And besides all that... forged parts are much less proned to failure as they are virtually defect free. (stamped dropouts... could have say a porosity from the metal sheet it was stamped from. This is possible as sheet metal is usually continuously cast then hot rolled... and from experiance in a steel plant, porosity is a major concern and rolling doesnt always close the pores.)

therefore in a practical sence... the more you ride... the more you go over pumps..etc... the longer you forged drops will last.
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Old 11-08-08, 10:34 PM
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Originally Posted by mswantak View Post
Snob appeal; nothing more. A stamped dropout will perform equally to forged one in 99.9% of all cases.
A qualified Genius.
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Old 11-09-08, 09:05 AM
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And besides all that... forged parts are much less proned to failure as they are virtually defect free. (stamped dropouts... could have say a porosity from the metal sheet it was stamped from. This is possible as sheet metal is usually continuously cast then hot rolled... and from experiance in a steel plant, porosity is a major concern and rolling doesnt always close the pores.)

therefore in a practical sence... the more you ride... the more you go over pumps..etc... the longer you forged drops will last.

In other words, forged dropouts are less prone to random failure? I guess that makes sense, but having never heard of a stamped dropout failing, it seems like a fairly academic virtue.
And of course, forged dropouts do look nicer. They must, because you see them on costly bikes, and costly bikes look nicer than cheap bikes (as a general rule, anyway.)
JV
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Old 11-09-08, 09:17 AM
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Originally Posted by LgReno View Post
As a materials engineer, i can tell you that forged dropouts give improved physical properties due to the refinement of the grain structure. The Hall-Petch relationship states that the finer the grain size (yes metals are crystalline and are made up of grains) the higher the yield strength is (it has to do with the impedance of dislocation movements within the grain boundaries). I would suggest a quick wikipedia for more info.

So basically forged objects (hot forged) have smaller, orientated grains as oppsed to randomly oriented and exhibit better mechanical properties (stength, ductiliy (toughness)) then the same material not forged.

And besides all that... forged parts are much less proned to failure as they are virtually defect free. (stamped dropouts... could have say a porosity from the metal sheet it was stamped from. This is possible as sheet metal is usually continuously cast then hot rolled... and from experiance in a steel plant, porosity is a major concern and rolling doesnt always close the pores.)

therefore in a practical sence... the more you ride... the more you go over pumps..etc... the longer you forged drops will last.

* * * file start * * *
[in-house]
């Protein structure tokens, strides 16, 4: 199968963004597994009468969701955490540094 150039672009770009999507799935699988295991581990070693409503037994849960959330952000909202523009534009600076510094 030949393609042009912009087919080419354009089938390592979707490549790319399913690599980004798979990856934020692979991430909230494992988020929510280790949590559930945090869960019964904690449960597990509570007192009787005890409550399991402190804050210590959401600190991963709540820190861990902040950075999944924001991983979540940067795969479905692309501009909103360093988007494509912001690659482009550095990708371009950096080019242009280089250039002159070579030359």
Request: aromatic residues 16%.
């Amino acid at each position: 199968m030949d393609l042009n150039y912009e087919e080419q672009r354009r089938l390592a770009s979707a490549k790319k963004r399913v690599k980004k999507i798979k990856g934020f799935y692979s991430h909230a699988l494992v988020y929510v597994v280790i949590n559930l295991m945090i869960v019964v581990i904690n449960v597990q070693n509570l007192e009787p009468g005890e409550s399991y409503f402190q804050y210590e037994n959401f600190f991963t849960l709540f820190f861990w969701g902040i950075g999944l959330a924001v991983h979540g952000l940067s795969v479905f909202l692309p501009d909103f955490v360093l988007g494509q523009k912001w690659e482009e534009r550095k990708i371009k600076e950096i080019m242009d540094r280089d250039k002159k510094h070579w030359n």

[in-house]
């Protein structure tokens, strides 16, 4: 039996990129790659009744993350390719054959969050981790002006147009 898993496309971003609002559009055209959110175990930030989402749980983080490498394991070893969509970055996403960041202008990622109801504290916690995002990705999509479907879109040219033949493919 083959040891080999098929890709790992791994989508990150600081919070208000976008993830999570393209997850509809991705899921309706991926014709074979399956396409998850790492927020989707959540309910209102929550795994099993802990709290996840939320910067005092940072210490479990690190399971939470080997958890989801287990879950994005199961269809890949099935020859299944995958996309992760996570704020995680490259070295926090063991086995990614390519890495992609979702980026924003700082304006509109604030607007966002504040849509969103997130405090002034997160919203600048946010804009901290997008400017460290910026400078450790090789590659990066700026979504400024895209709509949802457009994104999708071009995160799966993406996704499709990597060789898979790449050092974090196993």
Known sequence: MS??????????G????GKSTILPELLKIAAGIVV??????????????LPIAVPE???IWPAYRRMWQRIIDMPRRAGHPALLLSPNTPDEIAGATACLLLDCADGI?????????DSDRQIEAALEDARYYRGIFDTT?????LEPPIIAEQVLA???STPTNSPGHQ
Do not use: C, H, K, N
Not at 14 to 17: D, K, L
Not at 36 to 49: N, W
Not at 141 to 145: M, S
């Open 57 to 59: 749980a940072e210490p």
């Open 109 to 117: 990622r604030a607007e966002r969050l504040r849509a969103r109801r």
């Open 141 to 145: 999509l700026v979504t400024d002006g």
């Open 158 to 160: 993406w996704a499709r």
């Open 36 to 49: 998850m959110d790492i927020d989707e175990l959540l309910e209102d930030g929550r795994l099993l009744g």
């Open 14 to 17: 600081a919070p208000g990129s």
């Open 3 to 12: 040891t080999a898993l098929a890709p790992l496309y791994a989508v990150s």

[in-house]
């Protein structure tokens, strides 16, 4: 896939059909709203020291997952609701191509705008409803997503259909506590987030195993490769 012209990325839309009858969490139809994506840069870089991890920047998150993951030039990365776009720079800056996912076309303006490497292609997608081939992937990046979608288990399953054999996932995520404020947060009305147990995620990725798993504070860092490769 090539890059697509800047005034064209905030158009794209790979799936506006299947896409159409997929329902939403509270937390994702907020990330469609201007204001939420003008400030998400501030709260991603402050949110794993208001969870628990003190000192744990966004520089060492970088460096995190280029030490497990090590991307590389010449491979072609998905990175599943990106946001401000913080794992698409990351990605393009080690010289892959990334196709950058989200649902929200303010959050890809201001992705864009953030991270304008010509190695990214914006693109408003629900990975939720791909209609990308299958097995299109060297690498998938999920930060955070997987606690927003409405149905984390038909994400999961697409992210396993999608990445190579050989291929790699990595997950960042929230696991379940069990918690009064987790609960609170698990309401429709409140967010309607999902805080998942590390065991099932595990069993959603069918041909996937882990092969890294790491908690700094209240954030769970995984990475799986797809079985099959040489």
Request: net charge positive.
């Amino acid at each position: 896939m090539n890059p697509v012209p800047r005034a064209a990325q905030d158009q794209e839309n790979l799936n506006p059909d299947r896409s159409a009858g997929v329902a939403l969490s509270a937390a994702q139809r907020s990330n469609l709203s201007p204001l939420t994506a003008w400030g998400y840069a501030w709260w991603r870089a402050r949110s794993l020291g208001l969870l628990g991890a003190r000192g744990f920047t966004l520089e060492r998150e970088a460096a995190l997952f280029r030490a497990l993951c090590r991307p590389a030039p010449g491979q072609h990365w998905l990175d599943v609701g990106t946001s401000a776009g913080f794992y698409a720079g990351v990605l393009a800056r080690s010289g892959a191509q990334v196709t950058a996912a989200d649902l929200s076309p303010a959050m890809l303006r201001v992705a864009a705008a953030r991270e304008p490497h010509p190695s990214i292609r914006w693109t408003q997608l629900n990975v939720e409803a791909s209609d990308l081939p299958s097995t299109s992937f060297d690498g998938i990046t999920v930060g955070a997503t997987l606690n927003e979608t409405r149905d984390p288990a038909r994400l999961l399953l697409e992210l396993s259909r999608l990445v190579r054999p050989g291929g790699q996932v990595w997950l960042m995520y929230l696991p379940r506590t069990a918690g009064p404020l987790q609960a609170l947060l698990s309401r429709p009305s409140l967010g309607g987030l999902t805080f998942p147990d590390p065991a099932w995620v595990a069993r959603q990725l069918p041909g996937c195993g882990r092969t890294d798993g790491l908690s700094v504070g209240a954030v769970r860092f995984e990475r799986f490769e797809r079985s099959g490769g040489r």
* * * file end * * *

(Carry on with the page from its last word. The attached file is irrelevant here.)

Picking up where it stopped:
There really isn't anything else to be said on this issue, but that won't stop people from trying.
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Old 11-09-08, 09:35 AM
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Originally Posted by CardiacKid View Post
There really isn't anything else to be said on this issue, but that won't stop people from trying.
There was never any question forged is stronger, but heavier than stamped. The question is, does it matter?

BTW, the answer consists of a typical BF pissing match. Let the games begin.


Maybe the question is, if you are building a great frame, why would you cheap out on the dropouts?
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Old 11-09-08, 10:49 AM
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No, the question was whether forged is OBJECTIVELY better than stamped. Everything else is subjective.
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Old 11-09-08, 10:59 AM
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Originally Posted by iab View Post
There was never any question forged is stronger, but heavier than stamped. The question is, does it matter?

BTW, the answer consists of a typical BF pissing match. Let the games begin.

Maybe the question is, if you are building a great frame, why would you cheap out on the dropouts?
The drop out question follows one of the sacred rules of cycling (drum roll):

Forged must be better and faster because they cost more. (cymbal sound)

So let it be written, so let it be done.
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Old 11-09-08, 11:13 AM
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Objectively, forged is better, any engineer will tell you that. How much better, is it necessary? That is subjective.
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Old 11-09-08, 11:22 AM
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Like was said above,the maker has more control of the finished product.You have endless choices of materials,can be degassed,control the grain structure,make it any shape you want and have the grain follow the shape,they can be made thinner,lighter stronger than castings/stampings,ect, ect.

I agree,for joe six pack,it doesn't make much difference.

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Old 11-09-08, 05:57 PM
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the engineer once again:

The price difference is purely due to manufacturing costs (Economics)

Stamping... (being self explanatory) is like making cookies out of a dough with a shape. easy. fast. cheap.

Forging reguires dies = EXPENSIVE (why? design, modelling of the metal flow etc, .. )and btw.. you get better size tolerances.. so each part is identical.